Tu sei qui
Oltre il libro: nuove forme di narratività sugli/dagli USA
N. 9 Nuova Serie
Autunno-Inverno 2015 - Anno XXII
Realizzazione editoriale: Michela Donatelli
La copertina riproduce l’opera dello street artist brasiliano Tinho In the Searching of Love, realizzata su un edificio di Djerba, Tunisia. L’immagine è riprodotta per gentile concessione dell’autore.
ColophonScarica qui l'articolo completo
Oltre il libro: nuove forme di narratività sugli/dagli USA
Sconfinamenti e abiezioni: una doppia introduzione - p.5
L’ultimo dei mohicani da Fenimore Cooper alla rete - p.13
The article investigates how the theme of intermarriage migrates from Cooper’s novel The Last of the Mohicans by way of film production to the internet. Drawing on the sequence of film adaptations inaugurated in 1909 by Griffith, the article discusses how the 1992 movie directed by Michael Mann taps its antecedents to revise the novel’s sentimental plot, and somehow reinstate Indians into the process of nation formation. Despite its ideological shortcomings and consolatory end, the film’s riveting rhythm and the overpowering bodily presence of both actors and scenery have proved capable of capturing the audience. As a consequence, the article argues, Mann has set its own "canon" prompting, in his own turn, a new wave of adaptations and expansions. Most particularly, the 1992 film has been taken over by the users of the internet, among them fanfiction writers. The last part of the article is devoted to analyzing how fanfiction has rewritten parts of the movie, elaborating on the fatal doom of the trans-cultural triangle of Alice, Uncas and Magua.
Dal Mare Egeo all’Oceano Atlantico: la saga epica di 300 e la nascita dell’impero americano - p.29
The essay argues that the historical evocation of the heroic deeds of the ancient Greeks in the two blockbusters 300 (2007) and 300: Rise of an Empire (2014), which critics have mainly read in connection with the US wars in Afghanistan and Iraq, actually belongs within an older tradition. The essay investigates how the two movies revive a political paradigm dating back to the Founding Fathers, which represents the effort of the revolutionary colonies to oppose the British empire in terms of the Spartans’ attempt to stop the advance of the Persian imperial army at the Thermopylae, and connects the new nation’s imperial ambitions with the triumph of the Greek coalition in the battle of Salamis, marking the establishment of an empire in the Aegean Sea. Finally, the essay explores the exceptionalist implications of projecting the national formation and the imperial aspirations of the United States into a mythical and epic past, and of the chronological and ideological overlapping between the independence of the thirteen colonies and the rise of the American empire.
Senza Esorcismi: Cruising (1980) di William Friedkin tra contestazioni infuriate e attrazioni fatali - p.41
In the summer of 1979, established director William Friedkin was filming his next movie, Cruising, on the streets of the Greenwich Village in New York City. The gay community anticipated that the movie would be "the most oppressive, ugly, bigoted look at homosexuality" (A. Bell) ever filmed, and several activists organized a massive opposition to the shooting, first, and to the opening in theaters nationwide, the following year. This essay attempts to capture the complexity of this cultural moment through an investigation of the film’s reception in local and national press. It also questions the late appeal of the film and its appropriation by present-day audiences in terms of both its stylistic and thematic features. Bavaro argues that both the film’s ostensible formal incoherence and lack of closure, and its brave treatment of gay sexual practices, may have an unexpected resonance within contemporary queer culture.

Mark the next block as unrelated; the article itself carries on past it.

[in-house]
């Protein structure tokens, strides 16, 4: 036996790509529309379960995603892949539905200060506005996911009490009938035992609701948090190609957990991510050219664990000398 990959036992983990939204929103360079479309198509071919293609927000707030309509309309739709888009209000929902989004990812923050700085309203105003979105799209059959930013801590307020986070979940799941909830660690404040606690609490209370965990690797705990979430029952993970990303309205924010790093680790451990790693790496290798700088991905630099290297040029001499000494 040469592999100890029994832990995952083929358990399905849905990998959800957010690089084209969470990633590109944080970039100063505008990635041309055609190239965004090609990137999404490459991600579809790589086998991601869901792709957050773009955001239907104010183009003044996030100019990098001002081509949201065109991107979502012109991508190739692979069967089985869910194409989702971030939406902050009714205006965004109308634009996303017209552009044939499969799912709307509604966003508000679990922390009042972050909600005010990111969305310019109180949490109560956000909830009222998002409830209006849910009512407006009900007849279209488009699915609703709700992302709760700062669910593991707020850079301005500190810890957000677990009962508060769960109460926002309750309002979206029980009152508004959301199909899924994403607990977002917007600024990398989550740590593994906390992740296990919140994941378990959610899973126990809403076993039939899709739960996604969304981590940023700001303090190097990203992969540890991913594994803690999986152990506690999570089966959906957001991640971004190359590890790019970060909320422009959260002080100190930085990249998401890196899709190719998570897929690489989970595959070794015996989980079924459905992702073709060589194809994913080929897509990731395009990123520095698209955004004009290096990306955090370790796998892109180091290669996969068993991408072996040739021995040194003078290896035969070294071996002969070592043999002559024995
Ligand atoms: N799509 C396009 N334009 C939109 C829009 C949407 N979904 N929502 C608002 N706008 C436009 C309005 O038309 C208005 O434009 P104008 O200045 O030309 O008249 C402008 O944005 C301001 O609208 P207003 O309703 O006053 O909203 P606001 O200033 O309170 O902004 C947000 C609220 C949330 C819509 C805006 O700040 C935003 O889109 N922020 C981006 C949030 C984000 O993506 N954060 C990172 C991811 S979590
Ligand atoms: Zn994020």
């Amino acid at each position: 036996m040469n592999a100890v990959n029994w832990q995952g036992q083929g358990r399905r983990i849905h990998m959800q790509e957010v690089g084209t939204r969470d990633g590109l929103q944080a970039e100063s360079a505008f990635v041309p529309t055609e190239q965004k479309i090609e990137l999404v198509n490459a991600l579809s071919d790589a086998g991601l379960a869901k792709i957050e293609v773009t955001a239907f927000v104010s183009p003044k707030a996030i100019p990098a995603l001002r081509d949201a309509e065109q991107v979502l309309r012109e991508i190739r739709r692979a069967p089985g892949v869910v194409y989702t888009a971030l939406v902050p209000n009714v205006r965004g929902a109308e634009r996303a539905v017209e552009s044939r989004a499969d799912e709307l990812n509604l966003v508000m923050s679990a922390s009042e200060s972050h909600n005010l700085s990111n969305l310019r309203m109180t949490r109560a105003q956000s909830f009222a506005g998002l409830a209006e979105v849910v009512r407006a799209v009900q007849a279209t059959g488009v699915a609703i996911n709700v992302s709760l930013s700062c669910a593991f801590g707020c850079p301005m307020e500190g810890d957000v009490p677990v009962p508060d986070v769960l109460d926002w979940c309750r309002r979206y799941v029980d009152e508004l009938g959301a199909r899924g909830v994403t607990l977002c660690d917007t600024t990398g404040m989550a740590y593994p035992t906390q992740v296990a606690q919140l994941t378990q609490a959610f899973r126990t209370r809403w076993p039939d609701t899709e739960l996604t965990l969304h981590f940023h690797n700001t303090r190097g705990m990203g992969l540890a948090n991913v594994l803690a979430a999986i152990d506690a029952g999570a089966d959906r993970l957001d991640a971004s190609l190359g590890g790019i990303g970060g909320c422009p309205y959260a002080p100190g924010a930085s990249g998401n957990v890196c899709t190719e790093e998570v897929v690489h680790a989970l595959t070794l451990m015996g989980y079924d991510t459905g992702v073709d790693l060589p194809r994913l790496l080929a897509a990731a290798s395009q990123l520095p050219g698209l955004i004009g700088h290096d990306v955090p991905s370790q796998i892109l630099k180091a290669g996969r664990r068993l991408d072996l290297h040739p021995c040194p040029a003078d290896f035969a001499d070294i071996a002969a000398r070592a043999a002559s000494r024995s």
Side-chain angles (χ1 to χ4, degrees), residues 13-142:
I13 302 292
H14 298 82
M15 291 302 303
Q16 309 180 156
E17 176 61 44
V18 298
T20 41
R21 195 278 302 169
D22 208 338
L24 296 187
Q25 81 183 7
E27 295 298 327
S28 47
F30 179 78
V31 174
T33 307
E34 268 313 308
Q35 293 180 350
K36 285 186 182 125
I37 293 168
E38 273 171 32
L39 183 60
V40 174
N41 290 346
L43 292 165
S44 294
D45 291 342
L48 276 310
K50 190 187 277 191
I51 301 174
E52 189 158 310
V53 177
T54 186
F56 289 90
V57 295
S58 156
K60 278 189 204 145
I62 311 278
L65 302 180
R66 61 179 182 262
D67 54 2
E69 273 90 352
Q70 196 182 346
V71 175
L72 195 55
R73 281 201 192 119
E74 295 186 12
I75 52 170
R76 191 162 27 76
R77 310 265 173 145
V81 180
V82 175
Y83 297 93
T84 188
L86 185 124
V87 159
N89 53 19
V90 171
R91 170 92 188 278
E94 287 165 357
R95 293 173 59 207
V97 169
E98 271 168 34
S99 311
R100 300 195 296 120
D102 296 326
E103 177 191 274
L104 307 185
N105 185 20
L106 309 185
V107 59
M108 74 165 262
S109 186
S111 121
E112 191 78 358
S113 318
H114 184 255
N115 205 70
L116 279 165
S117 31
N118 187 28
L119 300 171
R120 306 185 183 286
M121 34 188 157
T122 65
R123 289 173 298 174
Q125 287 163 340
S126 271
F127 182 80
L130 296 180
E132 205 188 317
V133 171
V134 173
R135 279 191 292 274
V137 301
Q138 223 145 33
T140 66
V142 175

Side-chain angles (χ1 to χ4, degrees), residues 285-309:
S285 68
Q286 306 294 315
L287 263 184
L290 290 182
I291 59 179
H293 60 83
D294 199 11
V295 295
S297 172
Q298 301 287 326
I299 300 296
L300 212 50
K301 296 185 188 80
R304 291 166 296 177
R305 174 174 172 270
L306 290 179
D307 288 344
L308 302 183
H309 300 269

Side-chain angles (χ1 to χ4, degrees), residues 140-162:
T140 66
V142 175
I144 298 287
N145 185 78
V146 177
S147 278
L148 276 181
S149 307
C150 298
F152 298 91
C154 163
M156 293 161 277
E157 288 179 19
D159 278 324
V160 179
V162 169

Svolte sbagliate? Stereotipi sociali e paesaggi della paura nella tradizione cinematografica del backwoods horror - p.55
Since the end of the nineteenth century, the inhabitants of mountain and rural areas of the South of the United States, variously called "hillbillies," "rednecks," or "hicks," have been represented, both by the media and by scientific or pseudo-scientific literature, in very stereotypical manners. To this day they are the objects of a derogatory strand of humor, referred to their alleged violent behavior, bad teeth, inbreeding and genetic deviance. Without claiming to offer a historical perspective about the genealogy of these stereotypes or understanding whether they have now evolved into a relational "figuration," this paper tries to analyze the role of popular culture in their making. Specifically, it will take into consideration a prolific cinematic sub-genre, known as "backwoods horror," where the victim is coded as urban and both the setting and the monster as rural. In the typical plot, a group of "urbanites," after taking a "wrong turn," end up in the hand of a rural family of "hillbillies" or "rednecks," not only genetically deviant and toothless, but also very cruel and sometimes even cannibals. Such a negative representation would be unacceptable if the "villains" were ethnically or racially identified, but becomes acceptable towards characters who are indeed poor and unable to speak properly, but definitely white. This raises questions about different attitudes towards class and race in contemporary United States.
“A Little Somethin’ You Can’t Take Off”: La Storia e il cinema di Quentin Tarantino - p.69